echo *** Deleting all files, including the ones in the subdirs, without confirmation ***
del "%~1\*" /S /Q
echo ***********************************************************************************
REM Deleting all the empty subdirs that were left behind
FOR /R "%~1" %%D IN (.) DO (
if "%%D"=="%~1\."  (
echo *** Cleaning out folder: %~1 ***
) else (
echo Removed folder "%%D"
rmdir /S /Q "%%D"
)
)

REM All good.
exit /b 0

)

• People always forget about having spaces in the names. – Kevin Panko Feb 13 '14 at 18:48

To delete file:

del PATH_TO_FILE


To delete folder with all files in it:

rmdir /s /q PATH_TO_FOLDER


To delete all files from specific folder (not deleting folder itself) is a little bit complicated. del /s *.* cannot delete folders, but removes files from all subfolder. So two commands are needed:

del /q PATH_TO_FOLDER\*.*
for /d %i in (PATH_TO_FOLDER\*.*) do @rmdir /s /q "%i"


You can create a script to delete whatever you want (folder or file) like this mydel.bat:

@echo off
setlocal enableextensions

if "%~1"=="" (
echo Usage: %0 path
exit /b 1
)

:: check whether it is folder or file
set ISDIR=0
set ATTR=%~a1
set DIRATTR=%ATTR:~0,1%
if /i "%DIRATTR%"=="d" set ISDIR=1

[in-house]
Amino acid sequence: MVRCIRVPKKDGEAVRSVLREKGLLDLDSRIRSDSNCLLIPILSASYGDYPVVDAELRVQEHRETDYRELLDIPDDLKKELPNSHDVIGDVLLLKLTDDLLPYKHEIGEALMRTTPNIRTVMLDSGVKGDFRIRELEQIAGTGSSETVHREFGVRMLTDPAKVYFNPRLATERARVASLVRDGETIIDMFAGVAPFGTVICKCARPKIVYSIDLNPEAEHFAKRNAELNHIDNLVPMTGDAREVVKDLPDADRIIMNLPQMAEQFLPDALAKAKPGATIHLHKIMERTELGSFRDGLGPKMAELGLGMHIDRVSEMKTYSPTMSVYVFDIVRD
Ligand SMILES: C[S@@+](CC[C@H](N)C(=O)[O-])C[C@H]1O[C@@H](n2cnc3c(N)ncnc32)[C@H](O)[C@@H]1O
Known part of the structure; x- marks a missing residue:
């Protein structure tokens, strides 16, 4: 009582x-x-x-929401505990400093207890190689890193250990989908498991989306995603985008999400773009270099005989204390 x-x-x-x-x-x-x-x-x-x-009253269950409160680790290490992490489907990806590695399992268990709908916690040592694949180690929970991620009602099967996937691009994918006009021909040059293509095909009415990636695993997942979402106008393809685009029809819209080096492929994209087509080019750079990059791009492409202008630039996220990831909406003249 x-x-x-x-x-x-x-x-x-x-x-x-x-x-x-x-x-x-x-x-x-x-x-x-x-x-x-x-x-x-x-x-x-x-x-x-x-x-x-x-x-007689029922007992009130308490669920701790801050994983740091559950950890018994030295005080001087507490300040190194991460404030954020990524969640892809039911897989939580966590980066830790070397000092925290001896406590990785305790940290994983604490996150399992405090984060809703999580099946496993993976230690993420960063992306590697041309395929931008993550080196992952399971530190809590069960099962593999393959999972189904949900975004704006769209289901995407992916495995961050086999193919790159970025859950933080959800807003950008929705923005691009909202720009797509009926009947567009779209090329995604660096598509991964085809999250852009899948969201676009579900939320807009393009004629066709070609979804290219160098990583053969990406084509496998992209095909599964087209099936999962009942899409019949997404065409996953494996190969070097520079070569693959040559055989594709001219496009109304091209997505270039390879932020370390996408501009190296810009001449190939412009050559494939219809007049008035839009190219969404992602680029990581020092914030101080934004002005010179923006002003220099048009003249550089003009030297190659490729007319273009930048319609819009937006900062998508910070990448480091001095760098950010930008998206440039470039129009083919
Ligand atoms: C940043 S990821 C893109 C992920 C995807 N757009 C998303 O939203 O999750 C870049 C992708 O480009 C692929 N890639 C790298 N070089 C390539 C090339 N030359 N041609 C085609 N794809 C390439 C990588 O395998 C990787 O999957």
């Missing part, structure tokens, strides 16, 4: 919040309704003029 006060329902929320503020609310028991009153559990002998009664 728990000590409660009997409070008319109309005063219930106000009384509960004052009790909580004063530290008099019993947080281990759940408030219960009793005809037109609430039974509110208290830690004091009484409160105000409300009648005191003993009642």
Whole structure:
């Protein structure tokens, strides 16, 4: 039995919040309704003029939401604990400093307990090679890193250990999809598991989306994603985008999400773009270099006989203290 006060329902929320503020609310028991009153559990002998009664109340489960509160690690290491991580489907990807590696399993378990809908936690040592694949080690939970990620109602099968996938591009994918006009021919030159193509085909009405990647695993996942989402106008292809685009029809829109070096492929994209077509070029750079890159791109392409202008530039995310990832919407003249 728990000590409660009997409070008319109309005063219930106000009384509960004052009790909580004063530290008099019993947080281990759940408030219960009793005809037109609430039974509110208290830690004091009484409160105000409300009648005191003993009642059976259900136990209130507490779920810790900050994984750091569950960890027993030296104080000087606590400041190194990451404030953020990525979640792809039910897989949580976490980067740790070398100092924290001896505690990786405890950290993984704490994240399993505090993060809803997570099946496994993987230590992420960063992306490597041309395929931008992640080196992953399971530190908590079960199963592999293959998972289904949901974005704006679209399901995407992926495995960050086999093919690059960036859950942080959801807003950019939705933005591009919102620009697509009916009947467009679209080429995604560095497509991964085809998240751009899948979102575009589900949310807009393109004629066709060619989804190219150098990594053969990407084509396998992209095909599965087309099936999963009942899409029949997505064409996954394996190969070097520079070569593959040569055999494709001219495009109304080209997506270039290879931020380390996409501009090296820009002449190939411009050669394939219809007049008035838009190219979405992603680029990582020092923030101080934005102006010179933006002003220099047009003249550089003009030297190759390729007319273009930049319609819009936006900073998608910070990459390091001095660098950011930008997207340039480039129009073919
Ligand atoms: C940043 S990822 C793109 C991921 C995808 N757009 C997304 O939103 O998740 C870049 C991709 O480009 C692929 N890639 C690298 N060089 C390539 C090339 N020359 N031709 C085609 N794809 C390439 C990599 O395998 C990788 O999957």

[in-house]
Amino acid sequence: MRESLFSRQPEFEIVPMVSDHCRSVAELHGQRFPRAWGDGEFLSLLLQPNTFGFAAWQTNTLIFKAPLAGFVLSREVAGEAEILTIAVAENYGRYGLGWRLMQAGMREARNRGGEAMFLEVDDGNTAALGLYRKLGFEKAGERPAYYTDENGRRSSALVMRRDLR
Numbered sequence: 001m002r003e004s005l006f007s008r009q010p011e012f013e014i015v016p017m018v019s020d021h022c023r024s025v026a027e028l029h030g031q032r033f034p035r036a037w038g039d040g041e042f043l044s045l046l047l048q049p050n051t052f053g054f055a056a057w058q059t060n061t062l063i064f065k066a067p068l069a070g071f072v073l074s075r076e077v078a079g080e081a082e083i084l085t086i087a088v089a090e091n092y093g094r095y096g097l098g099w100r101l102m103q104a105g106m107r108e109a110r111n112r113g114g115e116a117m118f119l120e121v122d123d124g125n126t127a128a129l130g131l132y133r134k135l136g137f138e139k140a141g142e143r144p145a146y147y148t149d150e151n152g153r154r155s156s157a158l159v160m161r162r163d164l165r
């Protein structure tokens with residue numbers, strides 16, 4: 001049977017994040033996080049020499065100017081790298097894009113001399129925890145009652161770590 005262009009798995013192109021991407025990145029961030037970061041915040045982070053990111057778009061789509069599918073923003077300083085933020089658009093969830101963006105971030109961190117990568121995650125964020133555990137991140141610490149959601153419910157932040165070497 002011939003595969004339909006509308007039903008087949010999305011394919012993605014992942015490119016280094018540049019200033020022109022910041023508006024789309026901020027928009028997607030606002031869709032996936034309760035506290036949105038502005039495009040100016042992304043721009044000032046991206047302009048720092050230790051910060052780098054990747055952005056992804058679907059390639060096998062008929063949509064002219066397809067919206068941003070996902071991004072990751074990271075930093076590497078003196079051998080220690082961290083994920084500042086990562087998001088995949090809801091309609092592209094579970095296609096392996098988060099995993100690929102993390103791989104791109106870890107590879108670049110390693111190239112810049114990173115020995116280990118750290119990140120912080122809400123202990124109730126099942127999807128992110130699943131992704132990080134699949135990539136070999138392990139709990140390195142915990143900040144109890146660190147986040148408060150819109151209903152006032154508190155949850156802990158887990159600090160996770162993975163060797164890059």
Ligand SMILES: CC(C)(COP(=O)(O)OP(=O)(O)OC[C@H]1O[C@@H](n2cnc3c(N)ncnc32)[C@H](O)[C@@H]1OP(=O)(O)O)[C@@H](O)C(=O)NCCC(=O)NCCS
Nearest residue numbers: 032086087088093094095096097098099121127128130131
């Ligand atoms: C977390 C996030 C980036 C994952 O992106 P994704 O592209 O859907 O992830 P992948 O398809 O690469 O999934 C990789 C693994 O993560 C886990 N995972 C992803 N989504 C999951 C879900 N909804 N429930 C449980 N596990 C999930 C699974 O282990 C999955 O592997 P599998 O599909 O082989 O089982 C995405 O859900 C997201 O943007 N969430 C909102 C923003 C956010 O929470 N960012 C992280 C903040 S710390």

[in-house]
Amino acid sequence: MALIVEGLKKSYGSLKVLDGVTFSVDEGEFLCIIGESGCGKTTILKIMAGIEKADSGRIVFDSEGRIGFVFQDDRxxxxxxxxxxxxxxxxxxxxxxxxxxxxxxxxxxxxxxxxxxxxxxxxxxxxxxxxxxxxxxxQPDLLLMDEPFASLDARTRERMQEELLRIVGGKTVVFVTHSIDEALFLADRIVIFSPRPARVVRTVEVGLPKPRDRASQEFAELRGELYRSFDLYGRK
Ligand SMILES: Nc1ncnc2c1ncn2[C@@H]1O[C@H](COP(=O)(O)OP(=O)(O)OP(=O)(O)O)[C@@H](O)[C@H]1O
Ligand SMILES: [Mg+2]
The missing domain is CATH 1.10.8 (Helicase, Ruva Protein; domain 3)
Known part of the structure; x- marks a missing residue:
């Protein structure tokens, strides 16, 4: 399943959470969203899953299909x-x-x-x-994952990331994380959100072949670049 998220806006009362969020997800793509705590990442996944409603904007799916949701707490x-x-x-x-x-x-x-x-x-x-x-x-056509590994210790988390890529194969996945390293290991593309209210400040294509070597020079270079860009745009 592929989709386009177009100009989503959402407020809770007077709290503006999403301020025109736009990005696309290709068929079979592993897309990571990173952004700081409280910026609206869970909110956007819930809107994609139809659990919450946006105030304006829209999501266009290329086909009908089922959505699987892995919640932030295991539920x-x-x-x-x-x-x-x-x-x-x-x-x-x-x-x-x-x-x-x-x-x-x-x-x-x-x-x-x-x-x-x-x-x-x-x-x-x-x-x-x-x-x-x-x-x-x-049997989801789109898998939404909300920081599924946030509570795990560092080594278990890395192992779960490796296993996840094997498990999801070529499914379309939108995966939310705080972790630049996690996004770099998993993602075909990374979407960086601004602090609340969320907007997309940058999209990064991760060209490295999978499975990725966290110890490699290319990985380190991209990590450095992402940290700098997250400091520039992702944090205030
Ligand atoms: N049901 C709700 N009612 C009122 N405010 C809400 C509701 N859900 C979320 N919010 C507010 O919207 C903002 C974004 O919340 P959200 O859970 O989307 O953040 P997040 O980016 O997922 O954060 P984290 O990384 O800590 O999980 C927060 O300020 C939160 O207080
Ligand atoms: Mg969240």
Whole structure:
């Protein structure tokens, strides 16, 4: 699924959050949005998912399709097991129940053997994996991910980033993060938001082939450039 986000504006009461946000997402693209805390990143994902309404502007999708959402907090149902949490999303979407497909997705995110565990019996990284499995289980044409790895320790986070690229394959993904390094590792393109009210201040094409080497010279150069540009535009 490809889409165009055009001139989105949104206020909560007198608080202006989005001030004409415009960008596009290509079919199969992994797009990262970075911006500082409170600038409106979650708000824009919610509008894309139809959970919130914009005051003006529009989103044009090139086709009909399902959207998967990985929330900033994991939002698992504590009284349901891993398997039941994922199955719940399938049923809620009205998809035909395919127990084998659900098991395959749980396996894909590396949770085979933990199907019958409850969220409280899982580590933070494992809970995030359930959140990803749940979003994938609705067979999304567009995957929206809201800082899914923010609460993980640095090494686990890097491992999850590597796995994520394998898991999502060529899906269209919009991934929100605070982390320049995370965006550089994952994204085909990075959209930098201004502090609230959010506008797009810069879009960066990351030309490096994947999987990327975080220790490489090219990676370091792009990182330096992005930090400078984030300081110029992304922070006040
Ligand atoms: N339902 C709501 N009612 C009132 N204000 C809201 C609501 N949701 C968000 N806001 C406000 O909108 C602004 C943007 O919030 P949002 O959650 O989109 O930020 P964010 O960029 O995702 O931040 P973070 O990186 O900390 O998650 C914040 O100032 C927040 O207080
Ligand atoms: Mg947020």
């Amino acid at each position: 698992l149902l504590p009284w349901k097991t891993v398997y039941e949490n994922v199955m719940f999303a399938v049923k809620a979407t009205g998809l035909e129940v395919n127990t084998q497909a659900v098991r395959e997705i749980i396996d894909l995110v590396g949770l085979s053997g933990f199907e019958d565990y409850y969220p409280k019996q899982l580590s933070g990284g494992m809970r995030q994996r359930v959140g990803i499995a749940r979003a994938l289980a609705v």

:: Delete folder or file
if %ISDIR%==1 (rmdir /s /q "%~1") else (del "%~1")
exit /b %ERRORLEVEL%


Few example of usage:

mydel.bat "path\to\folder with spaces"
mydel.bat path\to\file_or_folder


user340956 was painfully close to the solution, but you know what they say about close…

To be clear, rd /s /q c:\foobar deletes the target directory in addition to its contents, but you don't always want to delete the directory itself, sometimes you just want to delete its contents and leave the directory alone. The deltree command could do this, but Micrsoft, in its infinite "wisdom" removed the command and didn't port it to Windows.

Here's a solution that works without resorting to third-party tools. It's probably about as simple and efficient as is possible with a command-line script instead of outright writing an actual executable. It doesn't set any environment variables and it doesn't use any loops. It's also as safe as can be, with error-checking everywhere possible, and also as user-friendly as possible, with built-in docs.

dt.bat (or dt.cmd for the kids; whatever, I'm old, I use .bat 🤷):

:: dt is a Windows-compatible version of the deltree command
:: Posted to SuperUser by Synetech: https://superuser.com/a/1526232/3279

@echo off
goto start

:start
if ["%~1"]==[""] goto usage
pushd "%~1" 2>nul
if /i not ["%cd%"]==["%~1"] goto wrongdir
rd /s /q "%~1" 2>nul
popd
goto :eof

:usage
echo   Delete all of the contents of a directory
echo.
echo   ^> %0 DIR
echo.
echo   %0 is a substitute for deltree, it recursively deletes the contents
echo   (files and folders) of a directory, but not the directory itself
echo.
echo   DIR is the directory whose contents are to be deleted
goto :eof

:wrongdir
echo Could not change to the target directory. Invalid directory? Access denied?
goto :eof


Here's how it works:

1. It checks if a command-line argument has been passed, and prints usage information and quits if not.
2. It uses pushd to save the current directory, then switch to the target directory, redirecting any errors to nul for a cleaner command-line experience (and cleaner logs).